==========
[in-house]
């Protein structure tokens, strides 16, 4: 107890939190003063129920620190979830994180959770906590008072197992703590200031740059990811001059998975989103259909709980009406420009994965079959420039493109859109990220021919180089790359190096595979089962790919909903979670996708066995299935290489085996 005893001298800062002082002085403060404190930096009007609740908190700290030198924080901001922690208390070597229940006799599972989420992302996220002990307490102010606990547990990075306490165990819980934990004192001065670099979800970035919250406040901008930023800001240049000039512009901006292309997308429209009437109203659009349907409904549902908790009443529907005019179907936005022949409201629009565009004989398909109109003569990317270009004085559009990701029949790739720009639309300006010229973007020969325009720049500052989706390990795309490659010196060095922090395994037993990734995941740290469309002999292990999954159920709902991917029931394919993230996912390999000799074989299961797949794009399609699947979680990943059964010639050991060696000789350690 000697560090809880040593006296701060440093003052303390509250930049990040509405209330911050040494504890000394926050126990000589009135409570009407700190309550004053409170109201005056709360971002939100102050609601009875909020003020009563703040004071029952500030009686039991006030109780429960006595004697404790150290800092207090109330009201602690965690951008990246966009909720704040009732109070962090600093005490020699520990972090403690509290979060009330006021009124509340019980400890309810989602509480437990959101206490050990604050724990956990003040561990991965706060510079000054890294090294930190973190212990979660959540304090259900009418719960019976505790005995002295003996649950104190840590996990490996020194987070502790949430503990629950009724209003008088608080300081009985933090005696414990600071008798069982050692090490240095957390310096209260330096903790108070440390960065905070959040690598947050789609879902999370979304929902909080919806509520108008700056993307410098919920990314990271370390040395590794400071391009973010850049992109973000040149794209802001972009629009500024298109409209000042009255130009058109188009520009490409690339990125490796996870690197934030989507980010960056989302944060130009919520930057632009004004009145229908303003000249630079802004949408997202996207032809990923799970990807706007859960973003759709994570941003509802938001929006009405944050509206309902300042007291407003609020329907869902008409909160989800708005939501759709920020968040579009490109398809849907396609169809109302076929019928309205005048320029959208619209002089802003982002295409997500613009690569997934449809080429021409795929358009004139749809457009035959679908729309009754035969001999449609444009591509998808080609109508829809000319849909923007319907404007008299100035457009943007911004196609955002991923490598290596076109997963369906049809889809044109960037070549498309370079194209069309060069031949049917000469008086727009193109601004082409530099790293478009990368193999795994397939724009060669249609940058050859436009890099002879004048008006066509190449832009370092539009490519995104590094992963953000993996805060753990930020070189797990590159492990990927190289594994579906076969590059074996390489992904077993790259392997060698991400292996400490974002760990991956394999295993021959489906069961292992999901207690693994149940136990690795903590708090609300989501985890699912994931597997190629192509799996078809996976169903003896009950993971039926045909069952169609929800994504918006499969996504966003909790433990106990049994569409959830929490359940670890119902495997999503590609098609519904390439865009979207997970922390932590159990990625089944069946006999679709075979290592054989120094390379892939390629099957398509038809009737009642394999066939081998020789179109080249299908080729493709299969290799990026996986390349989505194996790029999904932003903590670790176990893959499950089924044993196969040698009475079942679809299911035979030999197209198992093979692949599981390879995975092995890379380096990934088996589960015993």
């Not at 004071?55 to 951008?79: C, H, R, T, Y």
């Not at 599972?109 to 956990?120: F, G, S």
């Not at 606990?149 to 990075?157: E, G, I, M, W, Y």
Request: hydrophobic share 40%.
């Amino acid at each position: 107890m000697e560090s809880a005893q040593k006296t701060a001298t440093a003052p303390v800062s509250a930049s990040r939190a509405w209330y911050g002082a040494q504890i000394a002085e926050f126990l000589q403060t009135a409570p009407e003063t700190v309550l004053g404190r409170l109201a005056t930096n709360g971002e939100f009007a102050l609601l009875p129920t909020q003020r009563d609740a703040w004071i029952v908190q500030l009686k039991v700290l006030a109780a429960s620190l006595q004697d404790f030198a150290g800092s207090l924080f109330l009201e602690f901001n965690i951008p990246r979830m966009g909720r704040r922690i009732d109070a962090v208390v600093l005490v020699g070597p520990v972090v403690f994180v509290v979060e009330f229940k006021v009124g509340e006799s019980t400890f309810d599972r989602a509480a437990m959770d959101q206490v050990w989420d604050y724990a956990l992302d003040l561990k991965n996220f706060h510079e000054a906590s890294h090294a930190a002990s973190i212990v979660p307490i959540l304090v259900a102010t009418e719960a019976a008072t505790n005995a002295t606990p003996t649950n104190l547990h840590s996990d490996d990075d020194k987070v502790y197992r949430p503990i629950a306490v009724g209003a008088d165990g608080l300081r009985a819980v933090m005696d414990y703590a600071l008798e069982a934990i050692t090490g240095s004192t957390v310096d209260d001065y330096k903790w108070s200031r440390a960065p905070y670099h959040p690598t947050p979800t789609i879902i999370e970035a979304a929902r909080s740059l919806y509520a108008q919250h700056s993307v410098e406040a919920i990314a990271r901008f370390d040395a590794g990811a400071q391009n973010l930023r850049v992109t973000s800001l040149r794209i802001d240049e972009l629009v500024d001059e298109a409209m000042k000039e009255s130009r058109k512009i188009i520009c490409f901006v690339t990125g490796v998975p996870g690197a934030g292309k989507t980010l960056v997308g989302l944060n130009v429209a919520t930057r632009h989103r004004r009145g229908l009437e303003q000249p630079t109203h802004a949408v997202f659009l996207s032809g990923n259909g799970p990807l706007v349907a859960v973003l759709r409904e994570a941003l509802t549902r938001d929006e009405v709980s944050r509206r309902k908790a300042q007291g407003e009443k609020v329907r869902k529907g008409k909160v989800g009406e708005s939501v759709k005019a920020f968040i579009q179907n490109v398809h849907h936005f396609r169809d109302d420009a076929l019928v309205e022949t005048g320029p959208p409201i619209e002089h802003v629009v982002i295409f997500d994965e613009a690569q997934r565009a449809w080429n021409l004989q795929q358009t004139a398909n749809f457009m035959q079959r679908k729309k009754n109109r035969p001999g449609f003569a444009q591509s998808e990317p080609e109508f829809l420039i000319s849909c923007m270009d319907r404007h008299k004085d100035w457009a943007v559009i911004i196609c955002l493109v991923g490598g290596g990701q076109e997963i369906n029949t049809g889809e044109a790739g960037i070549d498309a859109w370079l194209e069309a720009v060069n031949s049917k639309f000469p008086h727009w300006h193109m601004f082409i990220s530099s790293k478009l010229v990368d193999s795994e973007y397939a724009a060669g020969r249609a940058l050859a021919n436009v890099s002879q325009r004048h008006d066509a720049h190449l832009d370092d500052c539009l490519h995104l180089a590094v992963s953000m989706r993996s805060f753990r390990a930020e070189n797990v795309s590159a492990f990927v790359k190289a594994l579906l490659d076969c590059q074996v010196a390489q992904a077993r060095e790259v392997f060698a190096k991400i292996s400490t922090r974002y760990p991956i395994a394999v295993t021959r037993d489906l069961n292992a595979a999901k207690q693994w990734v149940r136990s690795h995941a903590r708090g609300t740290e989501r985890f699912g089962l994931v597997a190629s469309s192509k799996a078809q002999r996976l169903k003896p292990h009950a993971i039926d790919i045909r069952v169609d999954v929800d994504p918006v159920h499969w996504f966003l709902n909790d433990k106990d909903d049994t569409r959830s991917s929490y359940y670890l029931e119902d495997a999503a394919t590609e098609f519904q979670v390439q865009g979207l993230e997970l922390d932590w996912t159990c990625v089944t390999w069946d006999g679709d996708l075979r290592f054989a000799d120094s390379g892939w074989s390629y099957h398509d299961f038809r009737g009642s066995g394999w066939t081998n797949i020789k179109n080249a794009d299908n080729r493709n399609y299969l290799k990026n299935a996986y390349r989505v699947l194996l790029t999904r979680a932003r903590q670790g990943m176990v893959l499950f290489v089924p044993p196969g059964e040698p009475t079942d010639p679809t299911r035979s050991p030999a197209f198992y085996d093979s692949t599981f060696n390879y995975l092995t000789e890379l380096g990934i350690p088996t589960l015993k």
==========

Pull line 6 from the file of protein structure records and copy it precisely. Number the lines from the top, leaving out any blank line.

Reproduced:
Request: hydrophobic share 40%.